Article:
Monday, November 14, 2005

Book Summary/Review: The Enemy Within

For my own pursuit to kill sin, I decided not just to read The Enemy Within by Kris Lundgaard, but to summarize and review it. I hope you find this summary useful to your own sanctification.

What a great question to start off a book with: “If God has redeemed me from sin, and given me his Holy Spirit to sanctify me and give me strength against sin, why do I go on sinning” (p. 13)? I want to know the answer to this question! I want to dishonor God less! I’ll keep reading and hopefully find something helpful.

Chapter One: Evil at my Elbow
I love it when authors come right out and tell me the reason(s) for their book. Lundgaard is very clear when he says, “The reason for this book is that the first step to fighting this enemy is to know it—and to know it well” (p. 22). If we are going to fight sin effectively, we must be familiar with its tactics. The majority of this chapter is spent expositing Romans 7:21: “So I find this law at work: When I want to do good, evil is right there with me.” Lundgaard emphasized four key truths from this text:
1. Sin living in us is a “law.”
2. We find this law inside us.
3. We find this law when we’re at our best.
4. This law never rests.
Lundgaard says, “To understand these four truths about indwelling sin is to arm yourself against it. In your struggle against sin, there is only one thing more important to grasp than these four facts: the free, justifying grace of God in Christ’s blood” (pp. 26-27). Praise God that this book starts with the gospel!

Chapter Two: The Long Arm of the Law
This chapter goes more in depth with the idea of sin being a “law.” Sin offers rewards and punishments just like the Law of God. Sin loves to parade the promises of suffering given to Christians. Sin reminds us of the pleasures it offers. Lundgaard also reminds us that sin takes no breaks. Sin constantly bombards us and won’t allow us to rest from the fight. Lundgaard ends this chapter with an appeal to those who do not sense the luring power of sin in their lives. He reminds us that no one who is born of God can live at peace with sin (1 John 3:9).

Chapter Three: The Haunted House
In this chapter, Lundgaard compares our sinful hearts to a haunted house. Sin lurks in the darkness ready to bombard us at all times. Just when we think we have found these monsters, they slip away into the crevices of our hearts and ready for their next attack. Lundgaard says, “Sin can be like trick birthday candles: you blow them out and smile, thinking you have your wish; then your jaw drops as they burst into flames” (p. 39). The Holy Spirit is the blazing torch we carry into the haunted house, and he ferrets out the monsters.

Chapter Four: Irreconcilable Differences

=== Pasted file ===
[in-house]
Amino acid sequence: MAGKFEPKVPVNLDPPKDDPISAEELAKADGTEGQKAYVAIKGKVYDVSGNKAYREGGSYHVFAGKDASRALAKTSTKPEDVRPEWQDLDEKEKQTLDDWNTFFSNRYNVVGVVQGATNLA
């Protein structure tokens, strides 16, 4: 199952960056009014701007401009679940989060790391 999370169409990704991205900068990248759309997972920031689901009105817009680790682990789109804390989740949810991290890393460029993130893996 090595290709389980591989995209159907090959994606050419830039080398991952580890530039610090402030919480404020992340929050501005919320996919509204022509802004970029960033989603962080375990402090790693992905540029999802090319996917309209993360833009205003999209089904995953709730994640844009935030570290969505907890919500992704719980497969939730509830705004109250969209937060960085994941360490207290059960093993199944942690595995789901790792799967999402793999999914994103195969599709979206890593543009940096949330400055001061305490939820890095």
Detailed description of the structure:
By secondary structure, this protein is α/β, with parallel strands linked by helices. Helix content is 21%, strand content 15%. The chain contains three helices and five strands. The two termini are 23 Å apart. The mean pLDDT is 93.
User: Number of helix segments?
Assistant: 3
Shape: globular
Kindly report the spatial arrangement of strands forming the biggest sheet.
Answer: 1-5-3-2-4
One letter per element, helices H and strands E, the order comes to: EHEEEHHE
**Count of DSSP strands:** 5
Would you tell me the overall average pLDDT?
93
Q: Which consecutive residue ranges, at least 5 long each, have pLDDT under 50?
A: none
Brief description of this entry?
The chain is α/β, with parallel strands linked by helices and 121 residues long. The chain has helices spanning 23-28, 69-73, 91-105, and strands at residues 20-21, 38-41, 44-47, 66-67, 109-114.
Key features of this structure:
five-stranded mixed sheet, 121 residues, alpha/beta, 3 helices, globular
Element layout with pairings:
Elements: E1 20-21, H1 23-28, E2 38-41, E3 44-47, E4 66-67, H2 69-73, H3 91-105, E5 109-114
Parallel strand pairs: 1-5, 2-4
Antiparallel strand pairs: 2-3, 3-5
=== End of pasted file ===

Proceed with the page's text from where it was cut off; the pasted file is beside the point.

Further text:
The flesh is more than just God’s enemy: it is the enmity, the pure hatred itself. The power of sin will not accept a cease-fire, much less a peace treaty. We must fight this enmity for the rest of our lives. There is no common ground between God and the flesh. Lundgaard describes the power of sin by saying, “Digging around in the Bible to find a juicy new insight to impress your small group is like sailing the Caribbean, but poring over the Scriptures to find the Lover of you soul is like skiing up Mount Everest. Conjuring up a happy mood with some music you don’t even know the words to is like solving 2 + 2 with a calculator. But savoring the glory of Christ and his tender love until your heart is softened toward him is like using mental math to calculate pi to the thousandth place. And giving a birthday present to your best friend is like forcing down some double-fudge brownies. But giving up your extra bedroom to a homeless person in the name of Jesus is like eating the Rockies for breakfast” (p. 47).

Chapter Five: The Tricks of the Trade
This chapter is all about deception. Sin works by deceiving us. It does not tell us the whole truth about anything. We must use our minds to evaluate and screen everything that sin throws at us.

Chapter Six: Getting Carried Away
In this chapter, Lundgaard uses the example of Joseph and a modern illustration of temptation to help us see the importance of the mind in the battle against the flesh’s deceptions. He says, “Remember that the mind is the watchman of the soul, commanded to judge and determine whether something is good and pleasing to God, so the affections can long for it and the will can choose it. If the mind fails to identify a sin as evil, wicked, vile, and bitter, the affections will be not safe from clinging to it, nor the will from giving consent” (p. 63). At the end of this chapter, we are reminded again of our need to be “cross-eyed.” The cross shows God’s hatred of sin and helps up forsake it for the glory of God.

Chapter Seven: No Idle Mind
This chapter is about two of the most important tools God has given us to kill the flesh. These two great tools of the mind are meditation and private prayer. Because these tools are designed by God to kill sin, the flesh opposes these tools with all its wily strength. Lundgaard is not talking about casual Bible reading and intercessory prayer. He is speaking about deep and constant meditation on God’s Word and prayers aimed at God’s work of sanctification. Lundgaard gives us three things to keep in mind as we pick up these priceless tools: (1) Meditate on God with God, (2) Meditate on the Word in the Word, and (3) Meditate on your self in the Word and with God.
Lundgaard compares the flesh to a wolverine. Suppose your Biology professor gave you a live wolverine and asked you to dissect it with no anesthetic and no way to tie the beast down. Lundgaard says, “Your flesh won’t sit still for meditation and pray any more than a wolverine would submit to your surgery. The flesh resists with its last breath anything that smacks of communion with God…” (p. 73). He goes on to give us four “claws” we can expect when we take up the tools of meditation and prayer: